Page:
Saturday, August 25, 2007

Valle Romano Mean Machine wins Portugal Trophy after a windless final day

[Source: Breitling Medcup] In like a lion, out like a lamb, racing for the Breitling MedCup TP52 circuit’s Portugal Trophy on the beautiful Algarve coast may have opened Tuesday with an invigorating blast of over 25 knots, but with insufficient wind Friday and Saturday, but it expired with barely a whimper today as the current Breitling MedCup 2006 champions, Peter de Ridder and his crew, emerged with their first overall regatta win this season.

Monaco based De Ridder and his crew – which includes six members of the Team New Zealand America’s Cup team – collect the Portugal Trophy, the Corinthian Trophy for the regatta’s top owner-helm, and the Santa Ana Trophy for winning the 25.18 miles coastal race.

Even the two days of too-quiet breezes and long hours sitting waiting for wind, and a few spots of rain -could not erase the memories of two great opening days of racing as the Circuit ventured out of the Mediterranean and on to Portugal’s Atlantic coast for the first time ever. The Bay of Lagos provided a challenging and interesting race course which was more than complemented by the excellent facilities ashore including a luxurious 1300 sq m crew’s chill out lounge.

After finishing second in Alicante at the 2007 season’s curtain raiser in June, Valle Romano Mean Machine’s Portuguese triumph is the first this season by a 2006 build boat. De Ridder’s crew, with Ray Davies calling tactics supported by Tom Dodson as strategist, won four of the six races including winning both stages of the coastal race.

Their final score of 17 points gave them a cushion of 15 points over Russell Coutts and his crew of Torbjorn Tornqvist’s Artemis, while Ian Walker and the crew of Patches, Eamon Conneely’s Irish flagged Reichel Pugh designed boat earned their first podium place of the season, finishing third, ten points behind Artemis.

An exciting showdown is set for Hyeres, France where the five regatta Circuit concludes, starting on September 10th.

After leading since the Breitling Regatta last month Vicente Tirado’s CxG Caixa Galicia, skippered by Roberto Bermudez de Castro has been caught this week by Artemis.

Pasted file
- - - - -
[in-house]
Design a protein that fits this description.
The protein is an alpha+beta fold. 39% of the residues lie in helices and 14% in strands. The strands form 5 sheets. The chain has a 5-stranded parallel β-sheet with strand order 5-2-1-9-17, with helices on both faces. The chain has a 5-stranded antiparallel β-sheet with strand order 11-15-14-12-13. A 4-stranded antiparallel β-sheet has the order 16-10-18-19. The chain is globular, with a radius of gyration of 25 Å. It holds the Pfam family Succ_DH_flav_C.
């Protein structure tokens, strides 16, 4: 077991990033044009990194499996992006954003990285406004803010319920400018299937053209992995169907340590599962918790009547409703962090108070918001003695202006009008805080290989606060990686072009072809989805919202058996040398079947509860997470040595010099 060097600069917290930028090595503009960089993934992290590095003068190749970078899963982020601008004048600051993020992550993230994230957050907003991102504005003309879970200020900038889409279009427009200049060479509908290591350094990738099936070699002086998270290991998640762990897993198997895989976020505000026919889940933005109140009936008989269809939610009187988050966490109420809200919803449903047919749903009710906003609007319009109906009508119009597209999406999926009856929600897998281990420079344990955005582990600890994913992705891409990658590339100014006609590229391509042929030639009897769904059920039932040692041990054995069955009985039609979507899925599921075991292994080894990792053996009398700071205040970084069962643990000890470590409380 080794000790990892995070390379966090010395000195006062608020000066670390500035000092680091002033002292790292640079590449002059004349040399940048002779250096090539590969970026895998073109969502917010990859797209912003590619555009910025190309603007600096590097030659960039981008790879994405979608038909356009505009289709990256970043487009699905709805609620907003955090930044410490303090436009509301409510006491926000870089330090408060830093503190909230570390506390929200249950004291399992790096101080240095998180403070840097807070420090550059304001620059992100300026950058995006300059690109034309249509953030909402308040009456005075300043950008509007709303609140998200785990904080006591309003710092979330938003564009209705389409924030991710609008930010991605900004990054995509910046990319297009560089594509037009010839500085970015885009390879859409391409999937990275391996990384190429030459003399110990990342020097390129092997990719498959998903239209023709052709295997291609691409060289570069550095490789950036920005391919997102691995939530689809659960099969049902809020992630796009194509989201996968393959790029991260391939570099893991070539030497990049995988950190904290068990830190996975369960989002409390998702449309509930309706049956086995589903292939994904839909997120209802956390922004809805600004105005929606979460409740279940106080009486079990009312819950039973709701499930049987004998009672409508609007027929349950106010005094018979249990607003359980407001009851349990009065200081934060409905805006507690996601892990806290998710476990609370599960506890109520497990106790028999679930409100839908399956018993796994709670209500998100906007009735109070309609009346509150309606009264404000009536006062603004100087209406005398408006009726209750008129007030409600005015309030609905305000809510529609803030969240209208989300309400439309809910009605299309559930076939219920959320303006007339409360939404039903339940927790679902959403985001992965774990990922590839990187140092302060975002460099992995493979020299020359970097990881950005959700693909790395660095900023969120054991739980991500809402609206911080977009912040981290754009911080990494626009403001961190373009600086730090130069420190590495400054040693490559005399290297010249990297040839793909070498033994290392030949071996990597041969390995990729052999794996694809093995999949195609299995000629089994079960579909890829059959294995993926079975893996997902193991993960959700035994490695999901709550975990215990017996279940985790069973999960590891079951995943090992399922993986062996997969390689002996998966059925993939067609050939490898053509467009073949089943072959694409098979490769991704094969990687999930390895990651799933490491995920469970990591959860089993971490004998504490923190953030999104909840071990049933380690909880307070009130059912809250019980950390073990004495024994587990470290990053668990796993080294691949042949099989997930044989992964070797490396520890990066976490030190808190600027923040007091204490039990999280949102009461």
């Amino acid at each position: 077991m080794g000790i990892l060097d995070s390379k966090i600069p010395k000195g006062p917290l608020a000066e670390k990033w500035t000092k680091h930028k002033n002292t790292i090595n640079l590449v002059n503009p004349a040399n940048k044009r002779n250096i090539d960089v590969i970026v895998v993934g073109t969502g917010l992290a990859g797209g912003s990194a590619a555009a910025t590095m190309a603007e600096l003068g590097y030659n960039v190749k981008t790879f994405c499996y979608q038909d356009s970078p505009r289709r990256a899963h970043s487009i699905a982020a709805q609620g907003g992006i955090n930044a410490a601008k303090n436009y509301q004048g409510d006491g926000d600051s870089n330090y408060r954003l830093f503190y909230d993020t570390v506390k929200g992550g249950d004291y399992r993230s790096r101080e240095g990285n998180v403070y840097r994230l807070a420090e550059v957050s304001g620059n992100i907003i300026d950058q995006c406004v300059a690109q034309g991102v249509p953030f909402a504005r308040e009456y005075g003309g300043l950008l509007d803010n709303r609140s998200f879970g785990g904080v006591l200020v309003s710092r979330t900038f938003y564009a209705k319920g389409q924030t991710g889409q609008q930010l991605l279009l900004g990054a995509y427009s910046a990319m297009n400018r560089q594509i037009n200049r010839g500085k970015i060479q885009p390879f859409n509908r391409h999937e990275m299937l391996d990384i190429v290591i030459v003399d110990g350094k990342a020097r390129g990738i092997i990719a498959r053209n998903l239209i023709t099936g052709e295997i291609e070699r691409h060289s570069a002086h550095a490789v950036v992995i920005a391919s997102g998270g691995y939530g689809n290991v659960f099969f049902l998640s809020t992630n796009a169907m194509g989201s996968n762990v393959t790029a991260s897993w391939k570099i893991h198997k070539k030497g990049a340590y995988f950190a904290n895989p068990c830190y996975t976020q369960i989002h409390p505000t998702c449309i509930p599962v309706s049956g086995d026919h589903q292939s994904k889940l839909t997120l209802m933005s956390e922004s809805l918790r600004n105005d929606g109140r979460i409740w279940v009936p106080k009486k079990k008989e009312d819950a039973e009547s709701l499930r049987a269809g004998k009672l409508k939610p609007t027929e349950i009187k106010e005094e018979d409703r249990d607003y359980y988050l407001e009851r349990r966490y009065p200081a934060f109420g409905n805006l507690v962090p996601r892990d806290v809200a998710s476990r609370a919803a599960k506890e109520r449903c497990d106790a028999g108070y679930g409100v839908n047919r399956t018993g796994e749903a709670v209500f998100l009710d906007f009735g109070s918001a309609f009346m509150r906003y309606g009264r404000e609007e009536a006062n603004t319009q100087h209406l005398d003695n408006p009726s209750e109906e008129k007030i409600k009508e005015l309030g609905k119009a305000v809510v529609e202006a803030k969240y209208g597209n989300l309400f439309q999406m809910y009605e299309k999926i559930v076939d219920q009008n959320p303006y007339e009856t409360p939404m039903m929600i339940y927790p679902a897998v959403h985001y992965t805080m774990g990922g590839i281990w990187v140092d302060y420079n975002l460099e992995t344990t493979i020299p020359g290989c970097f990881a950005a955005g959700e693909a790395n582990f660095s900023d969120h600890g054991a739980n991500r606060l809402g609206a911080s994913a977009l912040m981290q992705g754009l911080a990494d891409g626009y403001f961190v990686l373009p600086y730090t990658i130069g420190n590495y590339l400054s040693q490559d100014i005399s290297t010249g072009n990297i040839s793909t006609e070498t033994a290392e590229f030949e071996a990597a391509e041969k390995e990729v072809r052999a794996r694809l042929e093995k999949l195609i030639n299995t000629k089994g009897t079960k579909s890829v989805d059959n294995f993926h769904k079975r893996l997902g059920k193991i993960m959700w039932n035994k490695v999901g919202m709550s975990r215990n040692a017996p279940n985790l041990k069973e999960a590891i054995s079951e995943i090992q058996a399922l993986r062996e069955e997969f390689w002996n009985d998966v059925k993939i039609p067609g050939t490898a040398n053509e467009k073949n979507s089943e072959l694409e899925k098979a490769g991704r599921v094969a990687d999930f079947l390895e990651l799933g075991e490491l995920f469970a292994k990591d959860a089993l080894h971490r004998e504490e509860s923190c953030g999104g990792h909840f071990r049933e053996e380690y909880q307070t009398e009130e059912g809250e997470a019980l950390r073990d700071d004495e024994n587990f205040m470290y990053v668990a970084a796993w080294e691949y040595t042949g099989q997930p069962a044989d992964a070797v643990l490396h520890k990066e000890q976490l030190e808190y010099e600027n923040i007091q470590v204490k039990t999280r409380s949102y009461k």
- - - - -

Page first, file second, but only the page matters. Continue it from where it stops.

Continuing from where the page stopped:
Both now head to France locked at the summit of the leaderboard on an aggregate of 173 points after four regattas – Alicante, Portals, Copa del Rey and Portugal, already 13 points greater than De Ridder and team’s 2006 winning tally over the six 2006 regattas.

Winning owner-skipper Peter de Ridder summarised "We are certainly a bit sorry that we could not race today and yesterday because we need racing to get the extra discard but after it is all over now we are pretty happy with the result."

"We started pretty confidently with a seventh and it grew from there. Getting four bullets (first place guns) from five starts we were really just happy to enjoy it, and it certainly feels good to be back."

De Ridder is in the advanced stages of ordering a new boat for next season, asked if he might have second thoughts, given how well his 2006 Judel Vrolijk design, which was built in Wellington by Hakes Marine, has performed here, he responded:

"No, we are having a new boat. We certainly seem to get the best out of the old lady, but the fact is that her younger sisters – the 2007 generation boats – are a little bit quicker, but it is also interesting to note that already this season the leaders have more points after four regattas than we won the series with last year over six regattas."

Strategist Tom Dodson remarked:

"After Palma we decided that we really needed to have a look at what we had. We don’t have a coach and we did really think that we would carry some of our speed that we had last year forward to this year, and by Palma it was clear that we were lacking. So we had to go back to school a bit and go out and have a look at what our competition was doing, taking notice in the practice races and learn something from the competition. We made a few small changes and it has made a difference."

And on the idea of the circuit visiting more different venues, tactician Ray Davies added:

"It is good to come to new and challenging venues. We get a bit tired of Palma and the one sided tracks but it is refreshing to come to a new venue, it’s only a shame we didn’t get racing today and yesterday, but we have enjoyed Portugal and will be back."

Having joined the Mean Machine team this season Jules Salter, Navigator, who finished second on his Volvo Race debut with Paul Cayard and the Pirates of the Caribbean gave an insight into how the winning team learned the new venue:

"We start by having really good weather forecasts to build up a picture – using Clouds (Roger Badham) but these guys on the boat really help and we usually discuss what we think is happening and apply what we think. It has been really challenging here, with the extremes it has been tough, but then when you get it right it fills you with confidence because you can start to believe in the theories."

Said Roscoe Halcrow, Artemis’ trimmer:

"We had a good regatta. We really enjoyed sailing here. It is just a shame that the breeze that we had on the practice days and for the first races didn’t continue on, as it is was a lot of fun in the big breeze, sailing downwind, it was a real nice change after being in the Med. We did not do anything different to the boat for here. The boat is as the boat is, and we just put on some heaver sails as you would do."

"We are pretty comfortable across the range, but it is a fun change sailing in the breeze. Against Caixa I think they maybe have a little bit of an edge under 10 knots, we are pretty even in that mid range in that 12-13 knots, and we have a slight edge above that. We could get a bit of everything in Hyeres, maybe even too much wind to sail with some Mistral action."



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